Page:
The spectre of extra-judicial killings continues to cast a wide shadow over a significant number of recent police shootings, which have left several young men—mostly from deprived communities— dead.
Even among those of us who welcome an improved police response to crime, the actions of our law enforcers continue to give rise to concerns and fortify the calls for the operations of our police to be democratic. For while we press for democracy and participatory governance at the executive level, it is also important that we insist on a democratic police culture where every citizen is treated equally and where individual rights are respected, including criminals and suspected criminals.
Consider the case of the three young men from Albouystown, who were fatally shot on South Road in the city last month before a planned crime, according to the police. Like in the shooting of 17-year-old Shaquille Grant at Agricola last year, police are saying that the men fired on them, prompting an exchange. Grant died on the morning of Tuesday, September 11, 2012, when law enforcers launched an operation at Third Street, Agricola. In a matter of minutes, Grant became someone with only a past and, initially, a tarnished past. Following investigations and sustained protest action from relatives and concerned citizens, three policemen were indicted for his murder.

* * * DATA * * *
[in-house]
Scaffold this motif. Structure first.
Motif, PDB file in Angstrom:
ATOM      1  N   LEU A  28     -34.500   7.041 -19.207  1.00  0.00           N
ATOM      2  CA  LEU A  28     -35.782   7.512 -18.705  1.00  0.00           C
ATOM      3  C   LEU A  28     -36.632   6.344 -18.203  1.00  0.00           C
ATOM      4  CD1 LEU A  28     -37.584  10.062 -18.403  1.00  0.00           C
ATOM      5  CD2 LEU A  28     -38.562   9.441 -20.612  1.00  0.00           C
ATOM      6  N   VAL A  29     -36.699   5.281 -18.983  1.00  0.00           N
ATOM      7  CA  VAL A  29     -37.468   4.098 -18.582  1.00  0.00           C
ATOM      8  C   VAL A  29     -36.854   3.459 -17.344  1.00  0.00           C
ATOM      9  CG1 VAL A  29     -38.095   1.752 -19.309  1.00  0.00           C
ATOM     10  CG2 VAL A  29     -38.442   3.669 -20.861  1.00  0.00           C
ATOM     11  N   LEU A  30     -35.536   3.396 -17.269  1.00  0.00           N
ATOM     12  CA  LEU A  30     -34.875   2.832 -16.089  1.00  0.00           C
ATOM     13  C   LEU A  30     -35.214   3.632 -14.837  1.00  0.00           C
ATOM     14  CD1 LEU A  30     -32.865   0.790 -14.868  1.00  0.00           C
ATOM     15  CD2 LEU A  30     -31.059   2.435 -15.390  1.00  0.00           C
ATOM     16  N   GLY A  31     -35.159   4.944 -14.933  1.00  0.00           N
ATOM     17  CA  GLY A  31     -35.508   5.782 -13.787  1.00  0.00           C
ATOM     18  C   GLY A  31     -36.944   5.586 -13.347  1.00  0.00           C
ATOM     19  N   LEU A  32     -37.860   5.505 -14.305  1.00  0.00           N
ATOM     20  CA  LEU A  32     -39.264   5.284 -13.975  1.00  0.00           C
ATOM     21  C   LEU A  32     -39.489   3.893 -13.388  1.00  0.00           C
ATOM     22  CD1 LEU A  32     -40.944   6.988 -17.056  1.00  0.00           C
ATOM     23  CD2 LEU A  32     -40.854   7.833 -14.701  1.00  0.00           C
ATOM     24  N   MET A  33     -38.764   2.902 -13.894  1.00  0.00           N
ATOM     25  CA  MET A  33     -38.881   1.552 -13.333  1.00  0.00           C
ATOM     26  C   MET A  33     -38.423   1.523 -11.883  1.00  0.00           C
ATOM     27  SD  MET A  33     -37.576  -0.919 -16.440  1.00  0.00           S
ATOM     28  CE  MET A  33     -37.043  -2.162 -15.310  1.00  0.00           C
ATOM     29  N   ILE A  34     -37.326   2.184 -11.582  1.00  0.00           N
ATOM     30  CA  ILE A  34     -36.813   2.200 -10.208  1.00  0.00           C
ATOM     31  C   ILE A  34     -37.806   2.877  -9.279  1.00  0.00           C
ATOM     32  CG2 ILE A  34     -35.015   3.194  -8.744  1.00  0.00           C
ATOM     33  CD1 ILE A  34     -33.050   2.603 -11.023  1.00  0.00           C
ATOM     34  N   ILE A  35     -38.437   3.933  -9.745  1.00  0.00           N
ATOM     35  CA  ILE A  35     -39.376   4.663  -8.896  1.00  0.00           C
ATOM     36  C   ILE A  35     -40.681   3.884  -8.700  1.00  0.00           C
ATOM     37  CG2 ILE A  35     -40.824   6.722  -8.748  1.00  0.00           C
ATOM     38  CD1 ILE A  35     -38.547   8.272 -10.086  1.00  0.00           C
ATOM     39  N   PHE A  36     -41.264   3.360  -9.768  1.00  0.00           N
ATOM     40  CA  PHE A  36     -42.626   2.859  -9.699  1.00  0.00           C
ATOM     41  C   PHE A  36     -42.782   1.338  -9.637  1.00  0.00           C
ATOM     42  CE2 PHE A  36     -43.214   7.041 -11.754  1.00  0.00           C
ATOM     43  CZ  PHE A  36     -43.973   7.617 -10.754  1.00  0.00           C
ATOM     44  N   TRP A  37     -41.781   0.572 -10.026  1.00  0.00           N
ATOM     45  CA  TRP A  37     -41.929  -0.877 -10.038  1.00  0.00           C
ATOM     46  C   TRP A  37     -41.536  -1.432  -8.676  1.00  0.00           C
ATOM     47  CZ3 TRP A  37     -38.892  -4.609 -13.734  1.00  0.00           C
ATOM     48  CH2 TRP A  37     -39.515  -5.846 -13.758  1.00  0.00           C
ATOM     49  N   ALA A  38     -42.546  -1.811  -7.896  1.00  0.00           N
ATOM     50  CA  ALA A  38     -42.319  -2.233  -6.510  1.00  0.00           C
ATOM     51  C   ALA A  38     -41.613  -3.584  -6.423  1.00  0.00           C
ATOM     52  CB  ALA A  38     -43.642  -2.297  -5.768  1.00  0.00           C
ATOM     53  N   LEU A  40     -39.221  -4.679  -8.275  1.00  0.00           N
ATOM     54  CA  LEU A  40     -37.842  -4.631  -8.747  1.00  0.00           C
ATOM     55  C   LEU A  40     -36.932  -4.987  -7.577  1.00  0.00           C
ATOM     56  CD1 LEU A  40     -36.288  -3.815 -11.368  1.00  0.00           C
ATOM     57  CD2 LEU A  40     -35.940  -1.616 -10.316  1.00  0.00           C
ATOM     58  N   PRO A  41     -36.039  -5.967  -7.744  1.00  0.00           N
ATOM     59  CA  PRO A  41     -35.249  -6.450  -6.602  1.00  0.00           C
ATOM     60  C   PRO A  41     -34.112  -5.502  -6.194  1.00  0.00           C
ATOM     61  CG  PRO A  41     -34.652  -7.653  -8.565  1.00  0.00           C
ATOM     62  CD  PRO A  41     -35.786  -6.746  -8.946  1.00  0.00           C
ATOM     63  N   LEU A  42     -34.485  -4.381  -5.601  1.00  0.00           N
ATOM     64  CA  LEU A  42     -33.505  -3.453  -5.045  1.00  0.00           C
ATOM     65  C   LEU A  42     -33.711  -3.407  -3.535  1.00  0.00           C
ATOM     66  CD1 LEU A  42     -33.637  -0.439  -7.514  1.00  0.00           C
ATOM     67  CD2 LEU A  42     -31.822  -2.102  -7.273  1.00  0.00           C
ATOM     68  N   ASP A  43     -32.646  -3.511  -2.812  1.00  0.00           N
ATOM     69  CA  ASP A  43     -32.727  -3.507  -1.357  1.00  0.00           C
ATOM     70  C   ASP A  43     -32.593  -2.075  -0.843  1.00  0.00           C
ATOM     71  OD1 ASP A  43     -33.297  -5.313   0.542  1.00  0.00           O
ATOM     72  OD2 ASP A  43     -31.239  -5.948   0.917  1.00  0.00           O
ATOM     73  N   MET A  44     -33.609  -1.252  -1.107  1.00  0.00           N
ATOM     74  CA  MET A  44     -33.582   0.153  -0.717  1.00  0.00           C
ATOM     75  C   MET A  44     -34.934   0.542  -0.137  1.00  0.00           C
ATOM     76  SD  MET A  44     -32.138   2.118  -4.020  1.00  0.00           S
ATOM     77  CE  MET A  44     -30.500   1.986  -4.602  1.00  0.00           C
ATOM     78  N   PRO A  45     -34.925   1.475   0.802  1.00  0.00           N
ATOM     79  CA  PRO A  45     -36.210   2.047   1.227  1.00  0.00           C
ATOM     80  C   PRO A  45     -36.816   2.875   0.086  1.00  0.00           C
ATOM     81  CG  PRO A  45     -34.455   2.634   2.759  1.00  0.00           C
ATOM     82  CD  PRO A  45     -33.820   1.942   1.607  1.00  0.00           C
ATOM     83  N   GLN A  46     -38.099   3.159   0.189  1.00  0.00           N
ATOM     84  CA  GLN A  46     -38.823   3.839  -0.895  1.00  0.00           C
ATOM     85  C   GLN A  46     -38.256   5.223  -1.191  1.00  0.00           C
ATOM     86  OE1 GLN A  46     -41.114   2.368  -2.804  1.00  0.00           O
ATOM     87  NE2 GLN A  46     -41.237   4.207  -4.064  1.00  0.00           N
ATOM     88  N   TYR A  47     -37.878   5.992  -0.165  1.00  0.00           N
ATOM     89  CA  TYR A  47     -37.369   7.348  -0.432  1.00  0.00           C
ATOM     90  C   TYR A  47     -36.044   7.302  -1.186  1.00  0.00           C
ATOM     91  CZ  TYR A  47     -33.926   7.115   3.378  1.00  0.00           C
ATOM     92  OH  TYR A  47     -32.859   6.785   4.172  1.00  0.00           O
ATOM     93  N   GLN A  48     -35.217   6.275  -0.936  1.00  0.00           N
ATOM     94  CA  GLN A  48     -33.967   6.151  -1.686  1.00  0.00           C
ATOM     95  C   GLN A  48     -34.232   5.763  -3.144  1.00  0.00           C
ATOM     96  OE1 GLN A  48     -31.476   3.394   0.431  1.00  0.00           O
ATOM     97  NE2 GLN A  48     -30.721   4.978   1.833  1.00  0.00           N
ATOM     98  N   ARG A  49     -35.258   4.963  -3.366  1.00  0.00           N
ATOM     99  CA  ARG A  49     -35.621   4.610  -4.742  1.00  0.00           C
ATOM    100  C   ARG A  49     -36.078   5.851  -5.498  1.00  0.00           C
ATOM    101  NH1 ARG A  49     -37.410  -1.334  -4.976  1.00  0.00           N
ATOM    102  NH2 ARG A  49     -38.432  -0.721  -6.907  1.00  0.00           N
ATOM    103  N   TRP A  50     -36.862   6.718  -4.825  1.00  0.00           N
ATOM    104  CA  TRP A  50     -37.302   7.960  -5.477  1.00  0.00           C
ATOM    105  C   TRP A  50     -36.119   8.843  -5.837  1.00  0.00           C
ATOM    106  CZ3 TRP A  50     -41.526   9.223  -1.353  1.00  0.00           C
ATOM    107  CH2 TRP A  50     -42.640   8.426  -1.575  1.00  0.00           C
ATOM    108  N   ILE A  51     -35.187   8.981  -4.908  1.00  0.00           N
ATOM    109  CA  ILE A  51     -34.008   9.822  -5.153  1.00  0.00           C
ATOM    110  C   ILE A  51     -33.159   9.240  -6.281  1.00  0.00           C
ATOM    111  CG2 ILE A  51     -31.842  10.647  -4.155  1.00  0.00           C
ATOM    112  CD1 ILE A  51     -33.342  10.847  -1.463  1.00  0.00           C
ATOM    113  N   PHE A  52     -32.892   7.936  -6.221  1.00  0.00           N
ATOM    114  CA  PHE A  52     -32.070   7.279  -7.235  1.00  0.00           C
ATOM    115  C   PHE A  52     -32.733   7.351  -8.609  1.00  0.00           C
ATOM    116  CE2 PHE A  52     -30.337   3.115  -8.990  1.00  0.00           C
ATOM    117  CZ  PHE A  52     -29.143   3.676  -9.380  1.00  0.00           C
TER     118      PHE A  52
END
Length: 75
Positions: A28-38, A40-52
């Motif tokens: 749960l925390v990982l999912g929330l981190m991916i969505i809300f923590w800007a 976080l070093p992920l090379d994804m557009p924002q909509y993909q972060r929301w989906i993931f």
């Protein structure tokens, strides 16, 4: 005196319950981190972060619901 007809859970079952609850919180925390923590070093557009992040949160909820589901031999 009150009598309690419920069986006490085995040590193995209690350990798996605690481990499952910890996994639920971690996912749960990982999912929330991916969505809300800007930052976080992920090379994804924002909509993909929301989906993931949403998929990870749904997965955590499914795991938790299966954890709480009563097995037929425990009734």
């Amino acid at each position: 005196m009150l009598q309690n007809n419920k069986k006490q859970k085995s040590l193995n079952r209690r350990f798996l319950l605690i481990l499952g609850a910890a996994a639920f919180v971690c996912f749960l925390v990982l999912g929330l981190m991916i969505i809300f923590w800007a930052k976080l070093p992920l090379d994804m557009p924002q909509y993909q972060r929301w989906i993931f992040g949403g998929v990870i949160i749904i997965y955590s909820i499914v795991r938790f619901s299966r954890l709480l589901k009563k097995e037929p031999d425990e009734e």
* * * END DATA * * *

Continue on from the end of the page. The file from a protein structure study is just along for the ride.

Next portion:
Over the last year, Grant’s absence and death became intertwined with the related issue of extra-judicial killings. The image of his mother, face down on a public street, struggling to accept her loss in those early days remains haunting even today. She clung to the idea of justice and she campaigned for it, pressing daily for an impartial investigation. In the end, the indictment came.
Many had initially labelled Grant a rogue element operating out of Agricola, while others took the usual route and simply ignored the shooting. After all, this youth was from Agricola and there is a perception that the community is harbouring young criminals, having produced the likes of Rondel ‘Fine man’ Rawlins and Jermaine ‘Skinny’ Charles.